As for myself, I have constantly striven to maintain a more direct progression in my own Life, in keeping with the apparently Direct Linearity of Time.

If, as you say, it was largely inadvisable to use this later forum to contact said No Comments Addressible President, I must admit I did so for the purely personal pleasure of once again seeing my name in print. Blocked as I am at this latest turning, I must perforce betake myself back DOWN among the Lilliputians and Yahoos.

With thanks to All for this brief moment in the dear Lord's Sunlight, I bid a most grateful Farewell.

LaneB 2:34 PM  

Either the clues and fill are becoming more odd and/or disconnected or I'm becoming more stupid. I fear it's the latter. In either case doing the later-week puzzles is becoming more frustrating and less fun. Perhaps I should spend more time on the rest of the NYT or go to the library or read a book or whatever. DNFs are such a drag.t

Masked and Anonymo2Us 2:43 PM  

PuzEatinSpouse is out, attendin a quilters getogether.
So, am fendin for myself, for lunch. Opted for a few tasty Baked Potato Chips, with a nice cream sauce.

I took note that the Baked chips bag has a big banner on it, sayin "80% less fat". Regular bag says nothin. You'd think they'd wanna say "80% more fat" on the Regular bag. But wait... Would that then be the right number to use, on the regular bag? Does the answer depend on how much fat is in the bags?

I know what y'all are thinkin. M&A digresses. But, bear with me. There is method in my madness. Trust me. (If U can't trust a dude who's both anonymous *And* masked, who can U trust? Your congressman? Wrong, lawsuit breath!)

Today's puz -- the bigger one of the two -- has 4 fairly desperate answers, that Patrick Berry would probably only use, if U held a gun to his head and didn't fire...
* RECUE. It is something someone somewhere probaly has to do, occasionally. Probably mainly on Keeping Up with the Kardashians.
* ARIB. This ain't anything. AGUT is. ARIB can only be legitimately clued as "3/4 ARAB, 1/4 NAVI??"
* EFOR. I can accept nothing less than AMINUSFOR, in this context.
* STR. Lame. Who abbreviates string as STR.? There are plenty of perfectly (well, AMINUS-ly) acceptable abbrs. in this puz. STR sticks out like a sore orchestrapit.

OK. So 4 answers out of 72. That's 5% or so bad answers. Or... and here's yer tie-in... another way to look at it: 95% not bad at all!!! 18 times more not bad answers than bad answers!

Wanted OUTERriM, by the way.


The long-awaited M&A Collaboration with someone else anonymous who wishes to remain respectable is now available! Just go here and enjoy...

Inevitable complaints should be lodged at...

...Really harsh complaints should be lodged with yer local congressman.

M and Also Downward 2:49 PM  

WhooOOoop. That's

That there "blogsot" site is pretty racy. Might wanna check er out, @Zeke.


mathguy 2:58 PM  

Agree that the execution of the theme is flawed but still enjoyed it quite a bit. I was nervous filling in what I thought were gimmes because I was thinking Thursday rebus.

Tonedeaf in Seattle 3:21 PM  

My two favorite DIARISTs within 5 days of each other!

How about Samuel Pepys or Bridget Jones for an alternate clue @Will Shortz?

Sheila Bell 4:04 PM  

Can't ward also refer to political section of a city?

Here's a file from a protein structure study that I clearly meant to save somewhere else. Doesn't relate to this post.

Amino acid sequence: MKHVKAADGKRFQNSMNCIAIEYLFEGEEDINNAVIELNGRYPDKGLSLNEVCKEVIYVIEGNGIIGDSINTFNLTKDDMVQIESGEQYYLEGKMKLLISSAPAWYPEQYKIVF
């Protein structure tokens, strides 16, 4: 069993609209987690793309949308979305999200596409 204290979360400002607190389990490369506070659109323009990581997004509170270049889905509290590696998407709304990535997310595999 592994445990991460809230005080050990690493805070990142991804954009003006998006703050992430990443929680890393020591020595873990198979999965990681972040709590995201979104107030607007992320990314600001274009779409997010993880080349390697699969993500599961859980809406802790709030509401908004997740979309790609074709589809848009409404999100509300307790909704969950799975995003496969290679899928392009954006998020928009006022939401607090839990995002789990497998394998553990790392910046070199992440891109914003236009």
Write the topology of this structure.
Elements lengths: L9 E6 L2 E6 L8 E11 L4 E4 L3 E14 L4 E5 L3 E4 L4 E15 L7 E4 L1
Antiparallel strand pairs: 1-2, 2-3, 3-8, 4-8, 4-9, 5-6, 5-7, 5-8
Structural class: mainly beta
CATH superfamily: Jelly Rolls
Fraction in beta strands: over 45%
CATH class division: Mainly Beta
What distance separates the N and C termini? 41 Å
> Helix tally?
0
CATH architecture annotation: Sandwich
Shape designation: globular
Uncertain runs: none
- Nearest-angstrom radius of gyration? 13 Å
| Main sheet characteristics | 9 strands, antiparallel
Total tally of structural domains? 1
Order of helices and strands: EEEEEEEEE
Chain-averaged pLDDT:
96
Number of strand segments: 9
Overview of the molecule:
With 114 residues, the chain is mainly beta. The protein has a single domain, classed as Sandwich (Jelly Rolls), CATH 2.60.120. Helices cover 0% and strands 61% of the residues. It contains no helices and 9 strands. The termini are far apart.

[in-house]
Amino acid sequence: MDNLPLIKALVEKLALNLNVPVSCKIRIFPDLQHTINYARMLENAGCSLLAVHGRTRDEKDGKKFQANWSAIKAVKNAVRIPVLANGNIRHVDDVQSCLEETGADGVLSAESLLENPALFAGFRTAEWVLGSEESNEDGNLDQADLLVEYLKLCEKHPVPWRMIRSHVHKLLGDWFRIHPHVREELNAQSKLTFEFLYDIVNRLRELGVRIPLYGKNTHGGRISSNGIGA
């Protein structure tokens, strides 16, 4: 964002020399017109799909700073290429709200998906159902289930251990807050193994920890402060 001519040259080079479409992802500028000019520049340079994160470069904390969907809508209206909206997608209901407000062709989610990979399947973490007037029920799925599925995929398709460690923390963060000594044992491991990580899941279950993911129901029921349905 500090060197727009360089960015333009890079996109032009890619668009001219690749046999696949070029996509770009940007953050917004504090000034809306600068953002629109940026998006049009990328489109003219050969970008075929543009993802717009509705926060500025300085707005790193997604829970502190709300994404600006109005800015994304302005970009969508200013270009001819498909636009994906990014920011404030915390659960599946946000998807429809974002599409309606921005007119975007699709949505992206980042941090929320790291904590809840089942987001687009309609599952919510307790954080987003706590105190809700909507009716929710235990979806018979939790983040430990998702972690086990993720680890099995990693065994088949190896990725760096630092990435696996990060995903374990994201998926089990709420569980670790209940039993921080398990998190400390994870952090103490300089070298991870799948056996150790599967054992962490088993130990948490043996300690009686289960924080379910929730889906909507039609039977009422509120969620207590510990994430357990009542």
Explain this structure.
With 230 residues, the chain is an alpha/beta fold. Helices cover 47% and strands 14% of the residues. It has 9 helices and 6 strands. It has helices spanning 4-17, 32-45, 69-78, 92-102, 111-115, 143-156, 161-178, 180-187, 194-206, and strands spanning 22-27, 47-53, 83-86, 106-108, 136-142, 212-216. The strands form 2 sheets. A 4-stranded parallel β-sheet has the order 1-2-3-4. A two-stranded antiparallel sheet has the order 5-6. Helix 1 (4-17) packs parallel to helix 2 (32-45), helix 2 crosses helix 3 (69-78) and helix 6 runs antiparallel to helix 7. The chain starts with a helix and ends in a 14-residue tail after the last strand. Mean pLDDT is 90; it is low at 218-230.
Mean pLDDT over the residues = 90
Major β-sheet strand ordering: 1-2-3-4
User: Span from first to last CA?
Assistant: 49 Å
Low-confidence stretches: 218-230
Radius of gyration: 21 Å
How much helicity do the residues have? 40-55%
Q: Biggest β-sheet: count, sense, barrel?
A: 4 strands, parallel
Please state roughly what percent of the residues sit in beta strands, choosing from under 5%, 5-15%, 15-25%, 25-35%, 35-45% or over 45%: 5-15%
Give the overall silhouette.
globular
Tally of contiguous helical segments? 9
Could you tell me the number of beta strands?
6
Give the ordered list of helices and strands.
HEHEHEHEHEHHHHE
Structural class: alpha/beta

Anonymous 4:07 PM  

Now *there* is a juxta, @Tonedeaf/ Seattle! That 36A clawed at me, but didn't hark back to Sunday.

I believe the word is...can I go with 'thunderstruck'?

sanfranman59 4:14 PM  

Midday report of relative difficulty (see my 8/1/2009 post for an explanation of my method and my 10/15/2012 post for an explanation of a tweak to my method):

All solvers (median solve time, average for day of week, ratio, percentile, rating)

Thu 15:26, 17:37, 0.88, 25%, Easy-Medium

Top 100 solvers

Thu 10:36, 10:56, 0.97, 41%, Medium

Atlantasolver 4:15 PM  

Puzzle was easy enough, but I still don't get "green paint." further clarification, please.

M and A Help Desk 4:49 PM  

Atlantasolver: re: GREEN PAINT.

Some puzzle answers can sound kind of made up. Rex likes to use GREEN PAINT, as an example.

GREEN PAINT is something that exists, but isn't very impressive as an answer, since it sounds a little like something boring drawn from the vast collection of:
Adjective + anything that the adjective could possible describe.

Another example or three:
* ATLANTA SOLVER (no offense to you).
* MASKED DUDE (no offense to me).
* LAME PHRASE (some offense to GREEN PAINT).

Hope that helps.


Anonymous 4:53 PM  

I did not "get" the down part of the theme unless it was because the answers were all in down clues. ??
Other than that, my husband suggested that the Eddie Haskell actor had died in some terrible way. So, I googled it.
He didn't but dude, this guy, due to the character he played, has been wracked with the weirdest rumours. Laugh out loud rumours.

r.alphbunker 5:10 PM  
This comment has been removed by the author.
Atlantasolver 5:16 PM  

Illuminating, M&A, many thanks!

Anonymous 7:10 PM  

The "Down" "Ward" clues were just that, Down answers that had the name Ward associated with them. Actress Sela (Last name Ward), Prison Wind (is a Ward {area} of a prison), Beaver's Dad (name was Ward on "Leave It To Beaver", TV show, 60's), Patient Area (hospital Ward {again, an area of the hospital}).

Get it?

Anonymous 7:15 PM  

Agree with everyone else's criticisms. I barely got off the ground, just words here and there. I've never anyone say "bust a rib" in my life! No taste doesn't equal kitschy. How was I supposed to know that Beaver's dad was "Ward", and I've never heard of the actress "Ward". Lousy cluing lousy fill, lousy puzzle.

Leapfinger 9:52 PM  

Some special perks in the RexWorld commentariat today.